Fig. 3
figure3

Knockdown of PRR11 expression inhibited the proliferation and migration of OC cells in vitro and in vivo. a Western blot and b qPCR analysis showing expression levels of the PRR11 protein in HO8910 and SKOV3 human OC cells after stable infection with shPRR11 viruses. c Relative cell viability of cancer cells after PRR11-knockdown. d Representative pictures of the cell migration assay and e graphical presentation of the number of migrating cells 16-h post-transfection. f Pictures of tumors resected from subcutaneous tumor xenograft models and g tumor volume. h Ki67 staining in tumor sections. *P < 0.05, **P < 0.01, compared with the control group

Knockdown of PRR11 inhibits EGR1 and N-cadherin expression

EGR1 regulates cell survival, proliferation, and cell death [17]. A recent study reported that PRR11 signals could significantly induce the expression of EGR1 gene in patients diagnosed with hilar cholangiocarcinoma patients [14]. Therefore, this work detected the expression of EGR1 in established PRR11 knockdown cells. Additionally, silencing the expression of PRR11 protein caused a downregulation in the expression of EGR1 protein in vitro (Fig. 4a-b). In the cancer tissues analyzed, the staining observed for expression of both EGR1 and PRR11 protein nearly overlapped in the same regions, indicating a consistent expression pattern between these two markers (Fig. 4c-d). The correlation of the staining intensity between the expression of EGR1 and PRR11 was examined in different pathological tissues (the correlation coefficient R = 0.324), and it was found to be statistically different (P = 0.017).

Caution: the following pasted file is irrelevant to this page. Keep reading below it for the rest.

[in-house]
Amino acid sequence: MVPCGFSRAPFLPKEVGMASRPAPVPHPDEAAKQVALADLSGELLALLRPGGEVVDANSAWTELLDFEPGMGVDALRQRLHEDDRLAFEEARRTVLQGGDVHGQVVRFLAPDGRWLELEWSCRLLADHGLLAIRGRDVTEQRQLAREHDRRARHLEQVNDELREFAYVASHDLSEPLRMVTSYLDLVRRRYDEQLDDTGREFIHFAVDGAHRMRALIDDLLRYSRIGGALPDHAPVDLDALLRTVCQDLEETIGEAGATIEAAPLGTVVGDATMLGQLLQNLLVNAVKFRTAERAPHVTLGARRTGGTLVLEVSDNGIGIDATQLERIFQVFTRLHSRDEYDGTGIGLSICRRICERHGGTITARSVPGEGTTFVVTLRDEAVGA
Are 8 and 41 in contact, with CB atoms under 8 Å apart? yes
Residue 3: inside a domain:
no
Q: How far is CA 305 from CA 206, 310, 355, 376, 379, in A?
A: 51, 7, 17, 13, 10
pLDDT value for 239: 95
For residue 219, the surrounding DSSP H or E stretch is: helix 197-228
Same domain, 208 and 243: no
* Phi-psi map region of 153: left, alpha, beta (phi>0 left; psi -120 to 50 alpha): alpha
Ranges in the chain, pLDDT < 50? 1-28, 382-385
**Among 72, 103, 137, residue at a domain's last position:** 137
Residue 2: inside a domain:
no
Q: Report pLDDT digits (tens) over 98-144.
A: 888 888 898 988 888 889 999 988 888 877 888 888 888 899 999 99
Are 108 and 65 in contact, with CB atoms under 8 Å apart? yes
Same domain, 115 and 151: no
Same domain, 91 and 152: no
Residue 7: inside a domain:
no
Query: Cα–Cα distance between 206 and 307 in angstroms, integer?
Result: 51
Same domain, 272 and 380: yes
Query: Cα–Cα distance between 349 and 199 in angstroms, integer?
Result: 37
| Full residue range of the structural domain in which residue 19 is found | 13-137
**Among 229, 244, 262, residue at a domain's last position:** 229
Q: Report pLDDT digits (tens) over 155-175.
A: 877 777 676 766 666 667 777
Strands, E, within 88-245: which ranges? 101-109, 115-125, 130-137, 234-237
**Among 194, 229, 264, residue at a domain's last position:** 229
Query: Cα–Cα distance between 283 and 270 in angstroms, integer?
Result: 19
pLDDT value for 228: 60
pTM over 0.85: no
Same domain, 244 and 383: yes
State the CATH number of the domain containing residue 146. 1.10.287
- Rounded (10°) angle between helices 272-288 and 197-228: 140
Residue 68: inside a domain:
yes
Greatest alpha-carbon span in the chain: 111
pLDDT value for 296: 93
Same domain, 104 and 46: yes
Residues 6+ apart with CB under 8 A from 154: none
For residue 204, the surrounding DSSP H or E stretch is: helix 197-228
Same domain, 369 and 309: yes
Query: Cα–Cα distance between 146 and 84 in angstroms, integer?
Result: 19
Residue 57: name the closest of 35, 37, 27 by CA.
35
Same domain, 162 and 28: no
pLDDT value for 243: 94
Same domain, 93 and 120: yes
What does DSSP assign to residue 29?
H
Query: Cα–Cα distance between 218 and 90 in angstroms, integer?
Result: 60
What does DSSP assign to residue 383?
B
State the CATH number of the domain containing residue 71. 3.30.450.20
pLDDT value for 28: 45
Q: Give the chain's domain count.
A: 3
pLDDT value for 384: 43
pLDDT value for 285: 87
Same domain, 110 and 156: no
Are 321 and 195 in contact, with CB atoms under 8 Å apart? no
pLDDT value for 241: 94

Fig. 4
figure4

Correlation analysis among the expression levels of PRR11, N-cadherin, and EGR1. a Western blot analysis detecting the protein levels of N-cadherin and EGR1 after PRR11 was knockdown for 48 h. b Graphical representation showing a significant reduction of PRR11, N-cadherin, and EGR1 protein levels according to ß-actin baseline levels. c Co-localization of PRR11 and EGR1 in the same tissue samples. c-1 Co-negative expression of PRR11 and EGR1 in the same tissue sample. c-2 Co-positive expression of PRR11 and EGR1 in the same tissue sample. Original magnification is ×200. d Co-localization of PRR11 and N-cadherin in the same tissue sample. d-1 Co-negative expression of PRR11 and N-cadherin in the same tissue sample. d-2 Co-positive expression of PRR11 and N-cadherin in the same tissue sample. Original magnification is ×200.